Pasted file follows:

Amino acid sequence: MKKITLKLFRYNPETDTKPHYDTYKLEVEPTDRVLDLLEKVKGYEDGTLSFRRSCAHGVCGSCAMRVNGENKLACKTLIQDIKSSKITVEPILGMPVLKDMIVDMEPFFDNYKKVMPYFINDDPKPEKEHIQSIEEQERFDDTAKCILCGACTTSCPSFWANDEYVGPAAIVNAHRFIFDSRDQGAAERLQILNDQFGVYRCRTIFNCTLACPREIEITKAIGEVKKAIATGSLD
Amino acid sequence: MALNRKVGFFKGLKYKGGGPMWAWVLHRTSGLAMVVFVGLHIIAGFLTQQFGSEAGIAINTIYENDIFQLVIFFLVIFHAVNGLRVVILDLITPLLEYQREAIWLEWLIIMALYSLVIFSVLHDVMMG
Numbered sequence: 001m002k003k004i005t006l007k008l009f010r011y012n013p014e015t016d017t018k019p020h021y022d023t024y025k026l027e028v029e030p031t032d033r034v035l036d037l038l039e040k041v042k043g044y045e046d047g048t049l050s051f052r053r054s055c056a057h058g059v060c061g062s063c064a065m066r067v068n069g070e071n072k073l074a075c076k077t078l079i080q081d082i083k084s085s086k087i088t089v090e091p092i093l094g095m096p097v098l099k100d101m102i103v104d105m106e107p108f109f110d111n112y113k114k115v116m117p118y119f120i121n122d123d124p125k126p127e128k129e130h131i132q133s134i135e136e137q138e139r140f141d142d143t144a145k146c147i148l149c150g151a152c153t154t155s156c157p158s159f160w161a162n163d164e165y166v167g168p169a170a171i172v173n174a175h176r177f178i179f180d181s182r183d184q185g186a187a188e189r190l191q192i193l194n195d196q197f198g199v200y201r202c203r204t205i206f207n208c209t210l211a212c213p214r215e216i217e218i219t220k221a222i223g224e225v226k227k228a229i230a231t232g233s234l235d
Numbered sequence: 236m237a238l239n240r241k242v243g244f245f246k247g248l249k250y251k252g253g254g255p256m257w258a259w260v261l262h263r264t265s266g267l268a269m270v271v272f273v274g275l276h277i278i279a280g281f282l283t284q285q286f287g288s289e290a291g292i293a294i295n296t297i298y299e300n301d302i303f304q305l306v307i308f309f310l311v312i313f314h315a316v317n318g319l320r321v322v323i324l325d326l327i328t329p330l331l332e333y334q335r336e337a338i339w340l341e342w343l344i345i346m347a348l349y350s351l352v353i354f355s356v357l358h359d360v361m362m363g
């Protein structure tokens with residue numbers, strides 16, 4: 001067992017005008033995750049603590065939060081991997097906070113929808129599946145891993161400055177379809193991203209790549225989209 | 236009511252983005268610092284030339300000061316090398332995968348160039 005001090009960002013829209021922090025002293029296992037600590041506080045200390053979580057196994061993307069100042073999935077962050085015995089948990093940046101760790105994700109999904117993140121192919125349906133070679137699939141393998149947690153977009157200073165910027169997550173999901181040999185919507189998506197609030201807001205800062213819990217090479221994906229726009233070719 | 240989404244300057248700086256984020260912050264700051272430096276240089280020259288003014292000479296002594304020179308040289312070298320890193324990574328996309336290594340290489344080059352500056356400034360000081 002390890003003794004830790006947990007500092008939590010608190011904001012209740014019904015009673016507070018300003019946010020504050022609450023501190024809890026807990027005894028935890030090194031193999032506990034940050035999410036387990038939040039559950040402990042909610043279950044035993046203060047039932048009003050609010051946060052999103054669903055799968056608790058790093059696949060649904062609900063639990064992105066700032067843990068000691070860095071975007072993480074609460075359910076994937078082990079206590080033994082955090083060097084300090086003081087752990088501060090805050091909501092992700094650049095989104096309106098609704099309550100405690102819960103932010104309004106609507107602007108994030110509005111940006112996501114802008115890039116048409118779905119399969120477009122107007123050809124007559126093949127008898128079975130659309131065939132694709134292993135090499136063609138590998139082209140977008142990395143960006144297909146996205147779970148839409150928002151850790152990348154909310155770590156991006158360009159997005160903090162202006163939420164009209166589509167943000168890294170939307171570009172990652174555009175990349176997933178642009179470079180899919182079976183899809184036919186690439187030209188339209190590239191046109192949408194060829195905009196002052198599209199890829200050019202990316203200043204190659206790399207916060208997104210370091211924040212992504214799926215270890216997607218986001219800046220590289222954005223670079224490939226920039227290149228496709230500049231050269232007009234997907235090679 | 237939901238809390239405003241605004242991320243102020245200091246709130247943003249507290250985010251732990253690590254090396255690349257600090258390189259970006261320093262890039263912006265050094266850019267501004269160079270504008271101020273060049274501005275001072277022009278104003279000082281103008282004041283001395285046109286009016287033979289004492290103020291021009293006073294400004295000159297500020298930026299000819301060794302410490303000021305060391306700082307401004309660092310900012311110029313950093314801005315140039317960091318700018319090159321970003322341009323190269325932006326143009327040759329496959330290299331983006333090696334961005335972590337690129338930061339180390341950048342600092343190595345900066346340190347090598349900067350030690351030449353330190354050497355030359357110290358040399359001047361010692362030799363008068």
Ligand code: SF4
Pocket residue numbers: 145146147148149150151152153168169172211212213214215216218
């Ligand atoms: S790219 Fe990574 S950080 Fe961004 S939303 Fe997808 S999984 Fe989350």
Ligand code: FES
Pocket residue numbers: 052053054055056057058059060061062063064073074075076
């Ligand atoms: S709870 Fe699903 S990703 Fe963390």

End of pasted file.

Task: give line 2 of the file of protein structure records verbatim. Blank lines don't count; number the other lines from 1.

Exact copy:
Amino acid sequence: MALNRKVGFFKGLKYKGGGPMWAWVLHRTSGLAMVVFVGLHIIAGFLTQQFGSEAGIAINTIYENDIFQLVIFFLVIFHAVNGLRVVILDLITPLLEYQREAIWLEWLIIMALYSLVIFSVLHDVMMG